Now more than ever, a comfortable retirement depends on secure, stable investments. Unfortunately, the right stocks for retirement won't just fall into your lap. As part of an ongoing series, I'm looking today at 10 measures to show whether AstraZeneca makes a great retirement-oriented stock.

Many pharmaceutical companies have made dramatic transformations of their business in order to adapt to changing industry conditions, but AstraZeneca has been somewhat late to the game. Can the drug giant catch up and develop a winning strategy? Below, we'll revisit how AstraZeneca does on our 10-point scale.

The right stocks for retirees
With decades to go before you need to tap your investments, you can take greater risks, weighing the chance of big losses against the potential for mind-blowing returns. But as retirement approaches, you no longer have the luxury of waiting out a downturn.


Sure, you still want good returns, but you also need to manage your risk and protect yourself against bear markets, which can maul your finances at the worst possible time. The right stocks combine both of these elements in a single investment.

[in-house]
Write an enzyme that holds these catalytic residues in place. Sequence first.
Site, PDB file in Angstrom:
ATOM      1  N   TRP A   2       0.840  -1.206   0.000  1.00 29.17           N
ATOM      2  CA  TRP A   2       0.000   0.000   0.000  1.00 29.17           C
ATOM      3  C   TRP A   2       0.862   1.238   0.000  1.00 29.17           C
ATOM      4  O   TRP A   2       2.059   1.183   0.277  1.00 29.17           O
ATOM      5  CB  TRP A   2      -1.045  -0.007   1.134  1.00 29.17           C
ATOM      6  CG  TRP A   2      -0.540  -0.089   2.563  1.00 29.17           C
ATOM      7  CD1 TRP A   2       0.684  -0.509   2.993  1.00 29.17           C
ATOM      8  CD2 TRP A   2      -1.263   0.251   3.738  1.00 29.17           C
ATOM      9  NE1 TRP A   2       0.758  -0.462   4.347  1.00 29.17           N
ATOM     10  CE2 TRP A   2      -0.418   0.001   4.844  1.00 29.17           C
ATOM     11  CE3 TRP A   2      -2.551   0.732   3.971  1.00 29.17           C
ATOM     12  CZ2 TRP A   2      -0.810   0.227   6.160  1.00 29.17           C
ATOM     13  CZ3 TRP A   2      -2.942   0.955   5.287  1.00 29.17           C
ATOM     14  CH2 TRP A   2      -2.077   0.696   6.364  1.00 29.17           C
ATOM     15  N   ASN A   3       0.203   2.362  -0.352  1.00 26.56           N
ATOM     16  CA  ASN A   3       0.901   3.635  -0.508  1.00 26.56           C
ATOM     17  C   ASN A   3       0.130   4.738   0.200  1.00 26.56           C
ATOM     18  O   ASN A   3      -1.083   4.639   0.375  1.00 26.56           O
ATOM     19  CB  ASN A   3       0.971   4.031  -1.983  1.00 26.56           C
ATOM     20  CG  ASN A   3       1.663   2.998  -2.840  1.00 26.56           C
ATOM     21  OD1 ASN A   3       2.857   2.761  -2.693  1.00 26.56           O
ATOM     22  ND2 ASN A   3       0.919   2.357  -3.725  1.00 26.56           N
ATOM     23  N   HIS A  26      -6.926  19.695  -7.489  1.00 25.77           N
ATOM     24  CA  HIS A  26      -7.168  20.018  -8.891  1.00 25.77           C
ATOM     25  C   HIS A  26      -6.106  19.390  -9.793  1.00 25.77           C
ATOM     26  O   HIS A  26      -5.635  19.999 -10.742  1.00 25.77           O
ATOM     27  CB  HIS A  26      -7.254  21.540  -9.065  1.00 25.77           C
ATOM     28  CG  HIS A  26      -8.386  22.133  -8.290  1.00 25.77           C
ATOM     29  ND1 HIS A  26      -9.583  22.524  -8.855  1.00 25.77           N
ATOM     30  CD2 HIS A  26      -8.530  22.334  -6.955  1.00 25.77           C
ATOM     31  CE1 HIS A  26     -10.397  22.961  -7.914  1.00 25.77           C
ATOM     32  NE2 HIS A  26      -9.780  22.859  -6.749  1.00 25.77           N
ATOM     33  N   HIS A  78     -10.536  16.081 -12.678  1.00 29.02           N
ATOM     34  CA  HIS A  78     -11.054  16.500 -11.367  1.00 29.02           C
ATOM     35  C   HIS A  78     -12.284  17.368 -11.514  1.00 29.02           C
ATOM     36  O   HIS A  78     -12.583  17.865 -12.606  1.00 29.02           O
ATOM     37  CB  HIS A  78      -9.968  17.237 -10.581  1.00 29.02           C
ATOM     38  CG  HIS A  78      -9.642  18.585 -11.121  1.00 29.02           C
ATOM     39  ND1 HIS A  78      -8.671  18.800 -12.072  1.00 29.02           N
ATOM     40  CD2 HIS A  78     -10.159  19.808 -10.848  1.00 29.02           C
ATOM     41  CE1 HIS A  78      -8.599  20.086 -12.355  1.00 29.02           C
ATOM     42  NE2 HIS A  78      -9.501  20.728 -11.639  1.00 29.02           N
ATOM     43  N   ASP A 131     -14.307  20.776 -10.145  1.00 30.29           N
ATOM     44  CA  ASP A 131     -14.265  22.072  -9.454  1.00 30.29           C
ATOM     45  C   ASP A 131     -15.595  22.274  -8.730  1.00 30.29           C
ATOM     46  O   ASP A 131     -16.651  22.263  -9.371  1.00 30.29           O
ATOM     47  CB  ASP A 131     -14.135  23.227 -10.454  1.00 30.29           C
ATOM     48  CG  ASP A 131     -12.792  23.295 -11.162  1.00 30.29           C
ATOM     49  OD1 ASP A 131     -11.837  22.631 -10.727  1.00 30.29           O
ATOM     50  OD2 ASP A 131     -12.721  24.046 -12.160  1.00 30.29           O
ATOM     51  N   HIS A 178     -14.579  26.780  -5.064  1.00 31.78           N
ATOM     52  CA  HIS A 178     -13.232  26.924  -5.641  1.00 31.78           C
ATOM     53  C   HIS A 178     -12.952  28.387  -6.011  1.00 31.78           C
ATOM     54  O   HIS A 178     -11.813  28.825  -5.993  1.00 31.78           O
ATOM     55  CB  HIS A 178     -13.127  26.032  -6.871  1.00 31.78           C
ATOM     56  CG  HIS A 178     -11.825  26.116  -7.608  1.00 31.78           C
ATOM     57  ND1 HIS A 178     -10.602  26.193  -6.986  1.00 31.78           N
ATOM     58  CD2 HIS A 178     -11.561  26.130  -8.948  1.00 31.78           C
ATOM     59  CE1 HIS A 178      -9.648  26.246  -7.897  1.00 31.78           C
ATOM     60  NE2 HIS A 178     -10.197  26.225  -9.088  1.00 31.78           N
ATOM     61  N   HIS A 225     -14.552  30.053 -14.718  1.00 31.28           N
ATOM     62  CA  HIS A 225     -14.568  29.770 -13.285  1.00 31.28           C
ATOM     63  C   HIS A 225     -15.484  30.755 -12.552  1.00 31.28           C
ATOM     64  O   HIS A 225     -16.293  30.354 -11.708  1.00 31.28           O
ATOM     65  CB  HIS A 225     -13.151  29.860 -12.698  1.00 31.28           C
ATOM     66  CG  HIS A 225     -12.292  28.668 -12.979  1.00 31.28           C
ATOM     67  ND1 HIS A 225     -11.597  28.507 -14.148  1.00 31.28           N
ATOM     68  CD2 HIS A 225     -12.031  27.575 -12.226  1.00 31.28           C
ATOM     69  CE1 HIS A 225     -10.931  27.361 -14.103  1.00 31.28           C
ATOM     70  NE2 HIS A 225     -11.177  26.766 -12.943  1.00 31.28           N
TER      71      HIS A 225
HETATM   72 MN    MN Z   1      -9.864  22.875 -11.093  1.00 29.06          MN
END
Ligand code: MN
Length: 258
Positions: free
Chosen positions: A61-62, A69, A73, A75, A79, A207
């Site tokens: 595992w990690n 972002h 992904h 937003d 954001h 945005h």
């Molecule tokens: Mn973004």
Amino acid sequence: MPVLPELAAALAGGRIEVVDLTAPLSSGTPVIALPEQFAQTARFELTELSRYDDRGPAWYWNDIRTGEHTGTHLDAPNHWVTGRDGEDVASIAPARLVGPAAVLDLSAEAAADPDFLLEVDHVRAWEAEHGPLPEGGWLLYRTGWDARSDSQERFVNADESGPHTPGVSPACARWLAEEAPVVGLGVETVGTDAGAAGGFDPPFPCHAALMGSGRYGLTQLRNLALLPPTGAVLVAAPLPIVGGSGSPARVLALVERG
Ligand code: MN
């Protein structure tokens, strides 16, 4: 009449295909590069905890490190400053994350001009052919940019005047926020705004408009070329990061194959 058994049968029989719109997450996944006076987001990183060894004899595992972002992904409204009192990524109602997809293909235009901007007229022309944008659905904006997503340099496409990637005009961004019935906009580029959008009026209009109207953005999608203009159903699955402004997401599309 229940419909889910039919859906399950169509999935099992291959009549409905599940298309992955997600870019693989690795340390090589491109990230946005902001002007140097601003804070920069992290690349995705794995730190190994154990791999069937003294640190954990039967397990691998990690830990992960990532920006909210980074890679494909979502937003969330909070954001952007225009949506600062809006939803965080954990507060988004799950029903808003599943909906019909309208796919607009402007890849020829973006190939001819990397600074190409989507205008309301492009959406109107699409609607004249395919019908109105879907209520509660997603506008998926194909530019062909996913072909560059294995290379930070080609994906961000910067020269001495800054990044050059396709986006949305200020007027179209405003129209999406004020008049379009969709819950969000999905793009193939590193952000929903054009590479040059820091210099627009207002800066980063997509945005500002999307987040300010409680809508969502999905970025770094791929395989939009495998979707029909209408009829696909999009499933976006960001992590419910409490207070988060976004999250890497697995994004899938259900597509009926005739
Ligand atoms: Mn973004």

When scrutinizing a stock, retirees should look for:

  • Size. Most retirees would rather not take a flyer on unproven businesses. Bigger companies may lack their smaller counterparts' growth potential, but they do offer greater security.
  • Consistency. While many investors look for fast-growing companies, conservative investors want to see steady, consistent gains in revenue, free cash flow, and other key metrics. Slow growth won't make headlines, but it will help prevent the kind of ugly surprises that suddenly torpedo a stock's share price.
  • Stock stability. Conservative retirement investors prefer investments that move less dramatically than typical stocks, and they particularly want to avoid big losses. These investments will give up some gains during bull markets, but they won't fall as far or as fast during bear markets. Beta measures volatility, but we also want a track record of solid performance as well.